Injury, overuse, and age-related wear and tear are responsible for most elbow problems. At the Northwell Health Orthopaedic Institute, our experts provide surgical and nonsurgical treatments for people experiencing athletic-related or traumatic injuries as well as degenerative conditions affecting the elbow.
There are two main types of elbow injuries: acute and overuse. An acute injury may be caused by a direct blow, penetrating injury, or fall or by twisting, jerking, jamming or bending an elbow abnormally. Pain may be sudden and severe. Bruising and swelling may develop soon after the injury.
Overuse injuries occur when too much stress is placed on a joint or other tissue, often by overdoing an activity or through repetition of an activity.
Elbow injuries can be minor or serious and may include symptoms such as pain, swelling, numbness, tingling, weakness or decreased range of motion. Elbow injuries occur most commonly during:
- Sports or recreational activities
- Work-related tasks
- Work or projects around the home
If you think you may have sustained an injury to your elbow, you should contact a Northwell Health orthopaedic specialist for help in determining the severity of the problem.
Your elbow joint is made up of bone, cartilage, ligaments and fluid. Muscles and tendons help the elbow joint move. When any of these structures is hurt or diseased, you have an elbow condition.
Many things can make your elbow hurt. A common cause is tendinitis, an inflammation or injury to the tendons that attach muscle to bone. Tendinitis of the elbow is a sports injury often caused by playing tennis or golf. You may also get tendinitis from overuse of the elbow. Other causes of elbow pain include sprains, strains, fractures, dislocations, bursitis and arthritis.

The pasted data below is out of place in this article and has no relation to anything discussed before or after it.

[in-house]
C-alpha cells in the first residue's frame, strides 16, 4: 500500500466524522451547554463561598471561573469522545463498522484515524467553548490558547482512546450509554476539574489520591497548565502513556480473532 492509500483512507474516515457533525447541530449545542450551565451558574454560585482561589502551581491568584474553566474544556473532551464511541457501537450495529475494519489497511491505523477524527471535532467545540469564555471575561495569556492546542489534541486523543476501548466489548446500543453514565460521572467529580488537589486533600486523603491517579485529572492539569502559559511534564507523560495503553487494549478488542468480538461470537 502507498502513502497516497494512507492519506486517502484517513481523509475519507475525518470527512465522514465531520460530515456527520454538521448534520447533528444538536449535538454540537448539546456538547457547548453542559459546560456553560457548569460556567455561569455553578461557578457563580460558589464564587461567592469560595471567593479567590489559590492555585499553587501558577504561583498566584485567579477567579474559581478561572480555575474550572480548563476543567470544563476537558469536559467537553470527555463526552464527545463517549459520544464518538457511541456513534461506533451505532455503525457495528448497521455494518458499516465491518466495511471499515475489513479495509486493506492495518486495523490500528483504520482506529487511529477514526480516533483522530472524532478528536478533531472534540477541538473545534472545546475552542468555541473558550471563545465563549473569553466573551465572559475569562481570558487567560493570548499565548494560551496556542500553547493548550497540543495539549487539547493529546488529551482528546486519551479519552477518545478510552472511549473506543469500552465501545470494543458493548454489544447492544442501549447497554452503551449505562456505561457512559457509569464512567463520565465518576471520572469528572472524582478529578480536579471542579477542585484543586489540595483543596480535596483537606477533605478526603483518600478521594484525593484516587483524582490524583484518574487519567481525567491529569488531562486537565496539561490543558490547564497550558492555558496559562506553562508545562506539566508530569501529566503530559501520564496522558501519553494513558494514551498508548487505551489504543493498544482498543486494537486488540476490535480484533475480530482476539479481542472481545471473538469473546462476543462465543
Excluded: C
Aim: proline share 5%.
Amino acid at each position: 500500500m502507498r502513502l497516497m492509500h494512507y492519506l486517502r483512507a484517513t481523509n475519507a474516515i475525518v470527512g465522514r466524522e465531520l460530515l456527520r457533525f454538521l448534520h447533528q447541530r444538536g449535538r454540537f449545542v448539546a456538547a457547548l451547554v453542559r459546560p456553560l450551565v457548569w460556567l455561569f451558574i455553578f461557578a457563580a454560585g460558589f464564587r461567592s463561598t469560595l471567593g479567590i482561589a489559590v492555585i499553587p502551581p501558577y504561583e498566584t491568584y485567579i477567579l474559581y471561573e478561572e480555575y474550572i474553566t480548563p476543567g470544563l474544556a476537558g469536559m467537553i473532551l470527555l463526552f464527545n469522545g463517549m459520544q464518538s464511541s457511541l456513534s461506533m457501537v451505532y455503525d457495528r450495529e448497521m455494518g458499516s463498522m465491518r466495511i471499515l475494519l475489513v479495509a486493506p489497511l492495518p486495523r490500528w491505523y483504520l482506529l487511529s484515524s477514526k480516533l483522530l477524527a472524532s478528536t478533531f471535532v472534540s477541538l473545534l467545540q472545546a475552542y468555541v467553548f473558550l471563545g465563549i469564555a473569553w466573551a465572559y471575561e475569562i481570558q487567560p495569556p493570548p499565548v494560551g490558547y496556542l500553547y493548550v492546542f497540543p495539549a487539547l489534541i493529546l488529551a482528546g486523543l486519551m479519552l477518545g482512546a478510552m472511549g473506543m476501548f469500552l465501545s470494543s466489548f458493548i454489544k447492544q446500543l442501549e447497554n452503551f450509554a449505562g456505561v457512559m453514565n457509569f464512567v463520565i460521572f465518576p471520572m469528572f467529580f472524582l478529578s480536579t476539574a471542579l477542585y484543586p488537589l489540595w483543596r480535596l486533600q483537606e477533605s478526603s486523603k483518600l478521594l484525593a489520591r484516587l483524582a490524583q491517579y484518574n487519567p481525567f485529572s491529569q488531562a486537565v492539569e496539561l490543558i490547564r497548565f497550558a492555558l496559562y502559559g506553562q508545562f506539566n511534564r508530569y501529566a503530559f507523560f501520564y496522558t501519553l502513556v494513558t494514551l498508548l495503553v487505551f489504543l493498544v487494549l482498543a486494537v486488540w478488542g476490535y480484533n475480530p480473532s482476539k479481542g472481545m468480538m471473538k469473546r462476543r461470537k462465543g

At the Northwell Health Orthopaedic Institute, our orthopaedists specialize in the following elbow conditions:
Arthritis of the elbow
Your elbow joint can collect loose debris or cartilage as a result of arthritis or an injury, resulting in pain and a limited range of motion. Arthroscopy surgery removes the debris in a minimally invasive way that is easier on the patient's recovery. Click to learn more.
Tennis elbow is a painful condition that occurs when there is microscopic tearing of the tendons on the outside of the elbow joint. Click to learn more.
Golfer’s elbow, known medically as medial epicondylitis, is inflammation of the tendons (tough cords of tissue) that attach your forearm muscles to the inside of the bone at your elbow. Click to learn more.
Baseball pitchers and other "throwing" athletes can get this painful overuse injury. Pitching a baseball, for example, places tremendous force on the elbow. Over time, a bone spur can form in the back of the elbow joint, which can be removed with arthroscopy. Click to learn more.
Elbow fractures typically occur in the olecranon, the pointy bone at the tip of the elbow, when the bone breaks or cracks. Elbow fractures can be isolated incidents or part of a more serious condition. Click to learn more.
Elbow dislocation is a condition in which the joint surfaces of the elbow are separated. Dislocations can be complete or partial, and can affect range of motion in the elbow. Click to learn more.
UCL (ulnar collateral ligament) reconstruction surgery
UCL reconstruction surgery is a procedure performed to treat a tear in the UCL in the elbow. UCL reconstruction is often referred to as “Tommy John surgery (TJS). Click to learn more.
Elbow arthroscopy surgery
Elbow arthroscopy surgery, also referred to as "scoping the elbow," is a minimally invasive procedure used by orthopaedic surgeons to repair various painful diseases and disorders of the elbow such as arthritis, tennis elbow and thrower’s elbow. Click to learn more.
Shoulder and elbow tendon repair
Shoulder and elbow tendon repair surgeries are procedures that repair one or more torn tendons. They reconnect complete or partial tendon tears, eliminate pain and restore movement, strength and function to the shoulder and elbow. Click to learn more.